Cronister-Morais administering the Peabody Picture Vocabulary test (Dunn & Dunn, 2007) as an assessment of receptive language during an interview with a preschool-aged child, 2016.


During this period I also submitted an abstract to present some of the preliminary results from my OUR and CAS Dean’s fellowship funded study at the biennial meeting of the Society for Research in Child Development (SRCD) to be held in Austin, TX in April 2017. A future goal of mine is to submit a manuscript based on my findings for publication in a peer-reviewed journal of psychology.


Being offered the opportunity to work at a greater capacity on this research project helped me understand the many different techniques employed by researchers to gain additional insight and information into how to improve everyday life. In particular, I am thankful for understanding how children’s language and emotion knowledge are important for adaptive social functioning and how they could be helpful in guiding early intervention and prevention. Recognizing deficits at an early age increases the ability to facilitate improvement in important aspects of a child’s relational functioning.

Coronister-Morais and her advisor Dr. Robin Locke-Arkerson at the 2017 SRCD (Society for Research in Child Development) Conference, where she presented her research poster.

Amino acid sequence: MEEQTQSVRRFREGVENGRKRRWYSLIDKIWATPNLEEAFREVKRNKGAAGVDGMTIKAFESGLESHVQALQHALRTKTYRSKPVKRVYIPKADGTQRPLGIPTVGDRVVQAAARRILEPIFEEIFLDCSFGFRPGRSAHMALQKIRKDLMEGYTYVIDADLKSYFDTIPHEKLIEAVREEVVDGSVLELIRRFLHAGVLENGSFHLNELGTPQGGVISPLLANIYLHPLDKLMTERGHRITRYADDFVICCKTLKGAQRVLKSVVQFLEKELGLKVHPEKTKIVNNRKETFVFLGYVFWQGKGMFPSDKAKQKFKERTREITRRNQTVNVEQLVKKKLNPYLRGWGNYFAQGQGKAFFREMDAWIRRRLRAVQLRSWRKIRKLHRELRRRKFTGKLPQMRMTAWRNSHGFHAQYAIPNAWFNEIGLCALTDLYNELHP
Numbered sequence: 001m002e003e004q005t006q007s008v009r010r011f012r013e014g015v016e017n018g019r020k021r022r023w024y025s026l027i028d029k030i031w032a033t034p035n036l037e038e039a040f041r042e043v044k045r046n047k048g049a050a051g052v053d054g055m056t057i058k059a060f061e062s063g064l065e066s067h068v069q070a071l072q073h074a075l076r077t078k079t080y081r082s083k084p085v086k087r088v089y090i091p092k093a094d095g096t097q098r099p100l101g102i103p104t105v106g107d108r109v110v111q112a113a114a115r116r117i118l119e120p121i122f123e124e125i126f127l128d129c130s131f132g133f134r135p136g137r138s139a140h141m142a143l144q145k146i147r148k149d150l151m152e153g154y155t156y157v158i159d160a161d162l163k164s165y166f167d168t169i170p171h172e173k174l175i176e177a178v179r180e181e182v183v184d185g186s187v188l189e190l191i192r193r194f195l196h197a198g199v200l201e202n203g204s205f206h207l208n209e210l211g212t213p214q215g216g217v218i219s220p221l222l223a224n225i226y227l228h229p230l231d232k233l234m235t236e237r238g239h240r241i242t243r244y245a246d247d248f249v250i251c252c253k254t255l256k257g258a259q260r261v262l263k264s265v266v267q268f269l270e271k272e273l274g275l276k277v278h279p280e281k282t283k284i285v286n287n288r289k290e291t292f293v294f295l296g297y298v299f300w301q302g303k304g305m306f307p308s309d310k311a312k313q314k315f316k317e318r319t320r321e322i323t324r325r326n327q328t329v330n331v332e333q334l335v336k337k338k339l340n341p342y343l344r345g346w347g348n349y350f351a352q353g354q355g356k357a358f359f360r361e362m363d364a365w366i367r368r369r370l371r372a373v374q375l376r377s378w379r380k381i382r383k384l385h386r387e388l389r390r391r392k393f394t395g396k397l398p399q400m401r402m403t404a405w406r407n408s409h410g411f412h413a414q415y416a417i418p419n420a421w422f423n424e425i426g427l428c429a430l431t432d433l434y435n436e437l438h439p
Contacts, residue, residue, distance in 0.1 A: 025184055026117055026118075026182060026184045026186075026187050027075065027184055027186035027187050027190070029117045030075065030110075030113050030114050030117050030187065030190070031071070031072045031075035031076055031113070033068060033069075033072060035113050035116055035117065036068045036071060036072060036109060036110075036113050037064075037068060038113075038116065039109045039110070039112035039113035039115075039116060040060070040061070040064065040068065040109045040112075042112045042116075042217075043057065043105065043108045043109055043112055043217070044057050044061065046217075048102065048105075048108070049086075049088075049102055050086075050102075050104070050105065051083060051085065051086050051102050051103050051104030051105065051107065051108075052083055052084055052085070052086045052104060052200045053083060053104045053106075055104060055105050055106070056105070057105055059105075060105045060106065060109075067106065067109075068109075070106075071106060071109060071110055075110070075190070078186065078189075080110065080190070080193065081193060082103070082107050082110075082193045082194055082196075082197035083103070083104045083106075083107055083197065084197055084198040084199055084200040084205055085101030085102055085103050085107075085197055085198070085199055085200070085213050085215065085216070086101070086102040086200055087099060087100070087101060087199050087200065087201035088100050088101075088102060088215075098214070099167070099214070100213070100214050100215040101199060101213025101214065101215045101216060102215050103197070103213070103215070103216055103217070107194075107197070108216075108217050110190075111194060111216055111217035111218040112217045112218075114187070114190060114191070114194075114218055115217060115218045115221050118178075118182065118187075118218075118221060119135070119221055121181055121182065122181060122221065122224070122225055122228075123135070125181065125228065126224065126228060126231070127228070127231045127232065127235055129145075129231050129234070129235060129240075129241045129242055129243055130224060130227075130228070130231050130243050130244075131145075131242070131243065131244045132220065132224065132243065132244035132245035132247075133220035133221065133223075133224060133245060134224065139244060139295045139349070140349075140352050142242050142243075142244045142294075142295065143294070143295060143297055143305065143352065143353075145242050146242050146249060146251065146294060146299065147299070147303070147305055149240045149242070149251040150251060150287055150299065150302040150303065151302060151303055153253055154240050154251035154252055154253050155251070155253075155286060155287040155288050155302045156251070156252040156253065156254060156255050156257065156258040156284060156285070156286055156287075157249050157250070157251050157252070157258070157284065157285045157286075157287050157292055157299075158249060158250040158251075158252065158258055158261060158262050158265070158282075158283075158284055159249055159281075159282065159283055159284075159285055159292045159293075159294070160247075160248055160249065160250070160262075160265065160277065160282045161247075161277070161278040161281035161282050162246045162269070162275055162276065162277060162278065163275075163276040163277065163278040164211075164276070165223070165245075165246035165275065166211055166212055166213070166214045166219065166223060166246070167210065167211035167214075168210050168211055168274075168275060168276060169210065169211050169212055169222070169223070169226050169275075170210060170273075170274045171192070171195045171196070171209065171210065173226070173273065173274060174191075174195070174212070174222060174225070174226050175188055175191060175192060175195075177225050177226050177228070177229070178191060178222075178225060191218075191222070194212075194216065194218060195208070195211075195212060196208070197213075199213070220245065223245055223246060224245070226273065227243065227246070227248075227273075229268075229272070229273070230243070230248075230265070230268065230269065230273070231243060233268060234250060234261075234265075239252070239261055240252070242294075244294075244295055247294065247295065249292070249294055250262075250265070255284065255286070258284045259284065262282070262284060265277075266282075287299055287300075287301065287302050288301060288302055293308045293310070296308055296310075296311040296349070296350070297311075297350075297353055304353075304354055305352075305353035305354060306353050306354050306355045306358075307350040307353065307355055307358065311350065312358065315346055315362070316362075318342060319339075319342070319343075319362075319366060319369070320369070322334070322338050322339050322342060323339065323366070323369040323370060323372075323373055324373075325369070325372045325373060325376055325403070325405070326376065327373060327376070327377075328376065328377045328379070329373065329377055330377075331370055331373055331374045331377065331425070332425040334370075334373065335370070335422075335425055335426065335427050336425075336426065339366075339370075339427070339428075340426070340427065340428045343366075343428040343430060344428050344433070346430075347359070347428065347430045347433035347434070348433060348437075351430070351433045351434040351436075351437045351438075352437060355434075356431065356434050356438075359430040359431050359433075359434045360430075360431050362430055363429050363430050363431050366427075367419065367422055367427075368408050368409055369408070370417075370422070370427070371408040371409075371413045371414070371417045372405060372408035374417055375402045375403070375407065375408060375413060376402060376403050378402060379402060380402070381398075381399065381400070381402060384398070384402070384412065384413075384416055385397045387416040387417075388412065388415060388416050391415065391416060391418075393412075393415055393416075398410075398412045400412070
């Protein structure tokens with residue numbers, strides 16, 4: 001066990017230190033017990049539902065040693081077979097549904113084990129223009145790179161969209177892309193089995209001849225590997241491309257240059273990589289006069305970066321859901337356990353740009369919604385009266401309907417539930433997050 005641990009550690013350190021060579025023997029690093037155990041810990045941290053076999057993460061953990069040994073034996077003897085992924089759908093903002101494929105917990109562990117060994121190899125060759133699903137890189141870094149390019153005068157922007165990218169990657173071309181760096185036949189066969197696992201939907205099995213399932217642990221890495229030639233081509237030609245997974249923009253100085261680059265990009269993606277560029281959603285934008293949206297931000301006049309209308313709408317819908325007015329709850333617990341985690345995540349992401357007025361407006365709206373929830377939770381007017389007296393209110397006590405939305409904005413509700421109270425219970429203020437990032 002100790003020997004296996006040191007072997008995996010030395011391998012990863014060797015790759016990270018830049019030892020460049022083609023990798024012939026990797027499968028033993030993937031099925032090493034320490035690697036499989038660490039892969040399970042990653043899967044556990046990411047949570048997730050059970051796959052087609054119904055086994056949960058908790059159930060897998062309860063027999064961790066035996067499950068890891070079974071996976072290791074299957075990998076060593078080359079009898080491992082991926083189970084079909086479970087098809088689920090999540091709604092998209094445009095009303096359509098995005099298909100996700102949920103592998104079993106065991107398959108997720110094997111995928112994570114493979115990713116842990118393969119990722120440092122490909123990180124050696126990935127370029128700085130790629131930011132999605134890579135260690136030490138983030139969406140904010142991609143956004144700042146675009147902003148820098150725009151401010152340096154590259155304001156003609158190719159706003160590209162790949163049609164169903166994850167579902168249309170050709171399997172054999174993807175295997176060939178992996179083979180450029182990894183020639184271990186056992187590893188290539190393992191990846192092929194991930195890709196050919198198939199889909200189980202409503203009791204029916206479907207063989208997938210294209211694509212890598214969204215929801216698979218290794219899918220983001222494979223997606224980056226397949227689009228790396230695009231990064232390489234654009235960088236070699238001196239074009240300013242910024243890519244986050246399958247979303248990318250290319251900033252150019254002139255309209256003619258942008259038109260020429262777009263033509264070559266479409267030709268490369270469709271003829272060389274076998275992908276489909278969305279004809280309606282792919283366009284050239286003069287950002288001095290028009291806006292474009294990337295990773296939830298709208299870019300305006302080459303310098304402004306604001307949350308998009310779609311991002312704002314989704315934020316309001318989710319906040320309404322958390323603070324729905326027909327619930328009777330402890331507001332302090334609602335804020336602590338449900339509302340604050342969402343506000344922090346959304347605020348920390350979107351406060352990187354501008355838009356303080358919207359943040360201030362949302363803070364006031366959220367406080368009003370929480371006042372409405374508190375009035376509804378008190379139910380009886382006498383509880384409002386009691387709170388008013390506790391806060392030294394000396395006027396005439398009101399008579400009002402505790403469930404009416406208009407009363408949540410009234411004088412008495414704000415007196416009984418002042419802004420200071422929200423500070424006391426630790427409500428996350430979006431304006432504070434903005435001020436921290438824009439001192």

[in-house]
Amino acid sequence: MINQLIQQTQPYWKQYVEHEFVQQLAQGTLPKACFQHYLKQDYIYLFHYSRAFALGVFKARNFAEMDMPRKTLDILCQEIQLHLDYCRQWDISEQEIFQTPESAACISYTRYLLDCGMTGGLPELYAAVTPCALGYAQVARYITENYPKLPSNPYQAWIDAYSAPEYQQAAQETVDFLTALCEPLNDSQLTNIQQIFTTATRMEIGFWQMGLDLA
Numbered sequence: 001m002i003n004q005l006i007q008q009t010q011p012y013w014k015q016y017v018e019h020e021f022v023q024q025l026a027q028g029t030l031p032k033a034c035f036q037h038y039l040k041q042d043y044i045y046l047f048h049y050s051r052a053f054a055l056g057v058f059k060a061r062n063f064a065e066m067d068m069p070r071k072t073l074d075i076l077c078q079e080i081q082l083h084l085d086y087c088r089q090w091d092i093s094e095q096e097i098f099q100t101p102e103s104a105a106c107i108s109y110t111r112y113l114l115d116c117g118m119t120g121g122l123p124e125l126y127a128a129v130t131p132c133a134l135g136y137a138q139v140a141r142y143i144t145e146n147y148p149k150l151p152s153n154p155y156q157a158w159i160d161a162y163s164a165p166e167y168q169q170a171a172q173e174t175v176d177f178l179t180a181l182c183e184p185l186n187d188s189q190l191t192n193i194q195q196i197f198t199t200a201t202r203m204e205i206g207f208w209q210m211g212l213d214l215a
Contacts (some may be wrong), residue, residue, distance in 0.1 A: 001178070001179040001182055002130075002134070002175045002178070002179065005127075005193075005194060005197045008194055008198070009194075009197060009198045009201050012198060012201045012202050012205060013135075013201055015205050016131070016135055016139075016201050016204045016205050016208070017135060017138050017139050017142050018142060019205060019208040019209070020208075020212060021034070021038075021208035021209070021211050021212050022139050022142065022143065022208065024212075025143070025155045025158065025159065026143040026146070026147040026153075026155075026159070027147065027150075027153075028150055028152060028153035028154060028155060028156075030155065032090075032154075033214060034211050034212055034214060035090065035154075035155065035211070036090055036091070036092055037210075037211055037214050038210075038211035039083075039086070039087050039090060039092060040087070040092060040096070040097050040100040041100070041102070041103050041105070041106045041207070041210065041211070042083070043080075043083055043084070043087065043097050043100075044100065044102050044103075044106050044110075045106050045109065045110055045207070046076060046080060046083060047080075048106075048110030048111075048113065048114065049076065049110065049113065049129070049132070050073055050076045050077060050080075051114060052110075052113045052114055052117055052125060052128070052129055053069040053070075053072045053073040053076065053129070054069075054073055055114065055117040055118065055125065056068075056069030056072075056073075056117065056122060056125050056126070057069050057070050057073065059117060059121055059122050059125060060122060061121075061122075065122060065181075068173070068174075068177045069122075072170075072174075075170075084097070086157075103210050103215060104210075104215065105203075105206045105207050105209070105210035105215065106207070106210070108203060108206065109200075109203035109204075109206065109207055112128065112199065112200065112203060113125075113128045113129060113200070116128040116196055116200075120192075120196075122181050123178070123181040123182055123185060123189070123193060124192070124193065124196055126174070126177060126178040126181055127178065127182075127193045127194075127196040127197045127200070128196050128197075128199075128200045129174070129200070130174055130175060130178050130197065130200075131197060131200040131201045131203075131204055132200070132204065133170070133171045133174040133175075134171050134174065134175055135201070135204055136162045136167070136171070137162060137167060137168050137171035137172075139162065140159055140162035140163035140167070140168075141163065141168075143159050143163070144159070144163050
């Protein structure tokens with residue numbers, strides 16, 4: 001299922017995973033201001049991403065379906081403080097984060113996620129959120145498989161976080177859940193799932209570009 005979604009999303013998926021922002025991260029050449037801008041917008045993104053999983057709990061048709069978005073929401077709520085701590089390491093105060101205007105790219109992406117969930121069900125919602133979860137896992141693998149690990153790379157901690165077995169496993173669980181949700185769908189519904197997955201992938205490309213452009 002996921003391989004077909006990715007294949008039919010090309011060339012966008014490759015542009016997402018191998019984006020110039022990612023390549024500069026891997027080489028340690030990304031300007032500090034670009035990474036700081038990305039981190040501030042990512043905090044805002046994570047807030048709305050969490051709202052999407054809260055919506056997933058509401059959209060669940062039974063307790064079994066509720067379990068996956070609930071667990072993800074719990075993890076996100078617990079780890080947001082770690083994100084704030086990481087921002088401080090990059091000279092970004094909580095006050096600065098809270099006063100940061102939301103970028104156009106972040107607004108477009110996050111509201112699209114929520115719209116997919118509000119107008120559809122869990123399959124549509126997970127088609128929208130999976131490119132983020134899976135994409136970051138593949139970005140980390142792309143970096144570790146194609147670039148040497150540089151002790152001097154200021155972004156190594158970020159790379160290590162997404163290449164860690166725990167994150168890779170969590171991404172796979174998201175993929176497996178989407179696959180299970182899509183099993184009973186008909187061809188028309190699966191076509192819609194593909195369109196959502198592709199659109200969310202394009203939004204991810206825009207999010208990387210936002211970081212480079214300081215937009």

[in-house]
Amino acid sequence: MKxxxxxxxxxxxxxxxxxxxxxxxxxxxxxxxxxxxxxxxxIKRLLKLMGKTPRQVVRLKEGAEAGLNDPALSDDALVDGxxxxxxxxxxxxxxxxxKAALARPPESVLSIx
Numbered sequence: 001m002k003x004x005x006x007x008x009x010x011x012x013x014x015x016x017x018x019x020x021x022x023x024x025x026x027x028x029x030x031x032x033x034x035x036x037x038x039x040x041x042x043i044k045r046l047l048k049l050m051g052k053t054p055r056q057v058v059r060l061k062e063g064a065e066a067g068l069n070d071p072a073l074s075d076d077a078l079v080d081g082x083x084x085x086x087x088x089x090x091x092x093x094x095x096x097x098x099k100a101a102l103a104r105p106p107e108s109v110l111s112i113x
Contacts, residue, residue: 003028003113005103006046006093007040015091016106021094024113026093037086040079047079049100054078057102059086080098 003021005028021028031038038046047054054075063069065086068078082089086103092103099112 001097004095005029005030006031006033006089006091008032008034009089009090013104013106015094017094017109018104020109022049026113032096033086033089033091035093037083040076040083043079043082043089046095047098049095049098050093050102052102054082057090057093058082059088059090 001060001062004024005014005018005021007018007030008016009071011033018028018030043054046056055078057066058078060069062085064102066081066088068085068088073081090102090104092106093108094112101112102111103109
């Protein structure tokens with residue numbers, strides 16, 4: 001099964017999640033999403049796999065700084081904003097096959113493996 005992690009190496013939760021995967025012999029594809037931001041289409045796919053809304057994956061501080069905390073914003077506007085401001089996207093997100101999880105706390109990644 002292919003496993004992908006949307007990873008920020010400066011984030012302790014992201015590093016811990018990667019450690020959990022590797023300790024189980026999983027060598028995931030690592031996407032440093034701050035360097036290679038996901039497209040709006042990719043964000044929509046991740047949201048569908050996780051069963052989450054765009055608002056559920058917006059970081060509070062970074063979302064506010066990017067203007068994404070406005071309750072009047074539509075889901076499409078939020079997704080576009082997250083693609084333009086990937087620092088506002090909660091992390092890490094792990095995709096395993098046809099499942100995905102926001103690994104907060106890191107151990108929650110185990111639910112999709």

In addition to addressing my own research questions, the data collection that occurred under the OUR summer grant and CAS Dean’s fellowship will be used to address goals of a broader future research. Research in psychology is very important: it helps elucidate what makes people think, feel, and act in certain situations. It can also give clinicians a better understanding of how relationships within families can improve. As a Psychology major, I wanted to get more involved with research in the field. When I first started at the university I hoped to gain as much experience within the discipline of psychology as I could; I wanted to better understand how research is conducted. The opportunity to work in Professor Locke-Arkerson’s lab with an OUR summer grant and CAS Dean’s summer fellowship was extremely valuable to me. Above all, it prepared me for graduate programs in clinical psychology. I am currently a full time Graduate student in the Master’s in Social Work Program at Bridgewater State University continuing my education. I will graduate 2020 after which I will obtain my license and become a therapist. My ultimate goal is to be an LICSW and open my own practice working with children and families. Choosing this clinical psychology path, I want to develop treatment models based on the factors that influence social development. Understanding how and why research is conducted has helped me in term of my future career goals. I look forward to assisting children and families develop the skills needed for productive relationships and better social interactions.